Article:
Career Change, Life Change, Pocket Change…

It was time for a change, and so I attended college again, this time focusing on law studies. I received my diploma in Law Clerk two years later. I need to interject for a moment: my (ex)husband and I had discussed my return to school, and had thought that working as a law clerk would be something I would enjoy, and would supplement our income nicely. The position was never intended to be one that brought in a lot of money, as my (ex)husband was in IT, and was doing well.

Fast forward to the second month of school, and I was unemployed, and newly separated. I was in school fulltime, and the program required a lot of time and effort. It was rumoured to be the toughest at our school. I did what any student would do – I turned back to student loans to make it through the years.


A Super Short History Of Student Loans 

In Ontario, student loans are divided into two sections: provincially funded and federally funded. The loans were structured very differently the second time I attended school, as the first time I had a bank I could walk into and discuss what the loan repayment structure looked like.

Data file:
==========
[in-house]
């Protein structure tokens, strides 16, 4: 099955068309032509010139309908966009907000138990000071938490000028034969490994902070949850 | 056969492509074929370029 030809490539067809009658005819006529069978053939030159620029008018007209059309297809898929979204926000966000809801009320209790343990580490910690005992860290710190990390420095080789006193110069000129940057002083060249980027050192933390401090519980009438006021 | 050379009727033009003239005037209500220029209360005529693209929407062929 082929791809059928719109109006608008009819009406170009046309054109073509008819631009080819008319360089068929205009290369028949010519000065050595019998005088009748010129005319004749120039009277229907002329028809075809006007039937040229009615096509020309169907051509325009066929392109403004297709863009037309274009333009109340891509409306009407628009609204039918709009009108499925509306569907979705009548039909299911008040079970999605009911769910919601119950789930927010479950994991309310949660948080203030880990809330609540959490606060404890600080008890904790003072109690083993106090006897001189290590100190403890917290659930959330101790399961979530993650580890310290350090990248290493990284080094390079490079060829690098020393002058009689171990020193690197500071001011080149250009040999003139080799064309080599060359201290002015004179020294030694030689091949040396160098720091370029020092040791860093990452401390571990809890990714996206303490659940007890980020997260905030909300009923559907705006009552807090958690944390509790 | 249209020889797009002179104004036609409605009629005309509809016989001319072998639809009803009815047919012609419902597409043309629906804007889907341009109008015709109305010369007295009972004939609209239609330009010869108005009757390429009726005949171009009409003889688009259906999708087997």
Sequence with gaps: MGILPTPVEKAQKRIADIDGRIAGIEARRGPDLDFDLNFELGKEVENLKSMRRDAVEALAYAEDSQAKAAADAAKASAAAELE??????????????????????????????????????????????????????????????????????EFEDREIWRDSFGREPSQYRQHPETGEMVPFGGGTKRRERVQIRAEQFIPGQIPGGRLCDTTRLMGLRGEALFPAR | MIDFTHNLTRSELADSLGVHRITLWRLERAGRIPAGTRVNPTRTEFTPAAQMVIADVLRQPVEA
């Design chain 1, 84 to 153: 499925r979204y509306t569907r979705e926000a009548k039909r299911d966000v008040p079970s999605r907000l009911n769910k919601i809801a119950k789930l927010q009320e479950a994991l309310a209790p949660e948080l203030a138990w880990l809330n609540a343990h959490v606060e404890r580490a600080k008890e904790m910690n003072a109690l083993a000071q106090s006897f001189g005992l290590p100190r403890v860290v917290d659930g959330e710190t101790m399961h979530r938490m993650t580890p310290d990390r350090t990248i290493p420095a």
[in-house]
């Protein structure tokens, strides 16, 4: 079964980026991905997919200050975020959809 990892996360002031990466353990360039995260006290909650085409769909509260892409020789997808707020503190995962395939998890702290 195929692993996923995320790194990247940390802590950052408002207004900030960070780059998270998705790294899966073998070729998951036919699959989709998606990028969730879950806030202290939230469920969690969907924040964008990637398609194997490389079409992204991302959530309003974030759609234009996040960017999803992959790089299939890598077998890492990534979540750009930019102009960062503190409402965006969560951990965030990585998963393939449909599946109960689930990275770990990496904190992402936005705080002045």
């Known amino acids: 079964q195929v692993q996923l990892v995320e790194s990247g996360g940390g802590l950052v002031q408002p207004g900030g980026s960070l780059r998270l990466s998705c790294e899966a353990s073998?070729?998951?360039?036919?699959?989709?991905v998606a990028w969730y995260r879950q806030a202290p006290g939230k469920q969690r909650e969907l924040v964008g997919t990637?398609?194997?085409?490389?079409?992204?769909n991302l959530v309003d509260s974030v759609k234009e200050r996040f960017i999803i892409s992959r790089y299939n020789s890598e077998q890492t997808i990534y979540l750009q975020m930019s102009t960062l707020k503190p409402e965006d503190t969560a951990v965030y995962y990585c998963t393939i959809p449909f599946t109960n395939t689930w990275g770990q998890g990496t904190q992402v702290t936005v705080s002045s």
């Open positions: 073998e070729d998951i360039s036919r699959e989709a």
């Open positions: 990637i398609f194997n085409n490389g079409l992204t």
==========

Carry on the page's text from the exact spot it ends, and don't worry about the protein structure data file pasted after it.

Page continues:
The second time around, I had no one to speak to, and received the odd piece of mail. I moved a few times, being a student without a home for a bit. Throwing myself into my new career, I started at the bottom of the ladder, making a measely $12 an hour. Not enough for a single person to live on, and to make payments of student loans when they wanted $400-$500 monthly. No sir, their payment plan nearly rivelled any rent I paid. So I did what I had to do to keep food on my table.

I Stopped Making Payments

Yes, today I hang my head in shame and think about all the things I could have done differently, and how I chose to not. I chose to stick my head in the sand and pretend that it would go away. My income rose, dollar by dollar, over the years, never really keeping up with inflation, and I changed employers like I changed addresses. I was looking for the right fit.

Eventually, the Canada Revenue Agency sent me some scary looking letters, and I arranged a payment plan with them. I had been paying for a couple of years by that time, when I received a telephone call from a collection agency. This collection agency said they had received my student loan from the government, and they were collecting on their behalf. Thinking it was fraud, I demanded a statement. The representative said they couldn’t provide me with one, and I hung up.